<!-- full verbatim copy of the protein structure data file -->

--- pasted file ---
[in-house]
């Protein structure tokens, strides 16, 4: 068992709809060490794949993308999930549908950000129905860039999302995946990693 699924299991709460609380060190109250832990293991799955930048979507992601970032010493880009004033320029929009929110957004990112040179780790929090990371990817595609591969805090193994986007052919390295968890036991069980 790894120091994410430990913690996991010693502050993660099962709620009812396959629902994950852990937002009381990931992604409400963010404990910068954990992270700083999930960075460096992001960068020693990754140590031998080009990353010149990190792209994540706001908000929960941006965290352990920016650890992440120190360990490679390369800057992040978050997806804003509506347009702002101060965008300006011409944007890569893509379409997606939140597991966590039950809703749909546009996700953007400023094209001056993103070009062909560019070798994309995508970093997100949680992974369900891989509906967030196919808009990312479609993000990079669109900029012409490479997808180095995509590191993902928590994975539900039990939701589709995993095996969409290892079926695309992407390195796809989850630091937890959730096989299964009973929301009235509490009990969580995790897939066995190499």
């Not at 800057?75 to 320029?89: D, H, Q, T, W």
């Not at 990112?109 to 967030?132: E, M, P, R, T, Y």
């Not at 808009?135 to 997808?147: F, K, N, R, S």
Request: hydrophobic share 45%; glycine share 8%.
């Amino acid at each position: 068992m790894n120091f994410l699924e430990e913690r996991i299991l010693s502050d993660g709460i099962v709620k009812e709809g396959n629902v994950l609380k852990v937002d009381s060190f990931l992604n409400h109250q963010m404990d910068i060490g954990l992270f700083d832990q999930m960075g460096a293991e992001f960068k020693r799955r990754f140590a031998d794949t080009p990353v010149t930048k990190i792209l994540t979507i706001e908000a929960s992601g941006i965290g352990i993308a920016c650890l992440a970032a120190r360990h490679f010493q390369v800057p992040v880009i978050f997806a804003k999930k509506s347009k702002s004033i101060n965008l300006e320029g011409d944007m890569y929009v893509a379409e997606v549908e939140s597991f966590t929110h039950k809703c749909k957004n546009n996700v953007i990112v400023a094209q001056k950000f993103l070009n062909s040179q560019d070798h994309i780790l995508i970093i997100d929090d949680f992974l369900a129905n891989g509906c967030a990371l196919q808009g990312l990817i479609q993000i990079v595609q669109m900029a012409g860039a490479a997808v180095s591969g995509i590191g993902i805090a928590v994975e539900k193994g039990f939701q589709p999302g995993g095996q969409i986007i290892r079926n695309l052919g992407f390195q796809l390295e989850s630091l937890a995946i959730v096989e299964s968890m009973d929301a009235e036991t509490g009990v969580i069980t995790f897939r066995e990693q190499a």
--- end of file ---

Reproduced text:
[in-house]
């Protein structure tokens, strides 16, 4: 068992709809060490794949993308999930549908950000129905860039999302995946990693 699924299991709460609380060190109250832990293991799955930048979507992601970032010493880009004033320029929009929110957004990112040179780790929090990371990817595609591969805090193994986007052919390295968890036991069980 790894120091994410430990913690996991010693502050993660099962709620009812396959629902994950852990937002009381990931992604409400963010404990910068954990992270700083999930960075460096992001960068020693990754140590031998080009990353010149990190792209994540706001908000929960941006965290352990920016650890992440120190360990490679390369800057992040978050997806804003509506347009702002101060965008300006011409944007890569893509379409997606939140597991966590039950809703749909546009996700953007400023094209001056993103070009062909560019070798994309995508970093997100949680992974369900891989509906967030196919808009990312479609993000990079669109900029012409490479997808180095995509590191993902928590994975539900039990939701589709995993095996969409290892079926695309992407390195796809989850630091937890959730096989299964009973929301009235509490009990969580995790897939066995190499």
């Not at 800057?75 to 320029?89: D, H, Q, T, W």
């Not at 990112?109 to 967030?132: E, M, P, R, T, Y």
């Not at 808009?135 to 997808?147: F, K, N, R, S």
Request: hydrophobic share 45%; glycine share 8%.
């Amino acid at each position: 068992m790894n120091f994410l699924e430990e913690r996991i299991l010693s502050d993660g709460i099962v709620k009812e709809g396959n629902v994950l609380k852990v937002d009381s060190f990931l992604n409400h109250q963010m404990d910068i060490g954990l992270f700083d832990q999930m960075g460096a293991e992001f960068k020693r799955r990754f140590a031998d794949t080009p990353v010149t930048k990190i792209l994540t979507i706001e908000a929960s992601g941006i965290g352990i993308a920016c650890l992440a970032a120190r360990h490679f010493q390369v800057p992040v880009i978050f997806a804003k999930k509506s347009k702002s004033i101060n965008l300006e320029g011409d944007m890569y929009v893509a379409e997606v549908e939140s597991f966590t929110h039950k809703c749909k957004n546009n996700v953007i990112v400023a094209q001056k950000f993103l070009n062909s040179q560019d070798h994309i780790l995508i970093i997100d929090d949680f992974l369900a129905n891989g509906c967030a990371l196919q808009g990312l990817i479609q993000i990079v595609q669109m900029a012409g860039a490479a997808v180095s591969g995509i590191g993902i805090a928590v994975e539900k193994g039990f939701q589709p999302g995993g095996q969409i986007i290892r079926n695309l052919g992407f390195q796809l390295e989850s630091l937890a995946i959730v096989e299964s968890m009973d929301a009235e036991t509490g009990v969580i069980t995790f897939r066995e990693q190499a």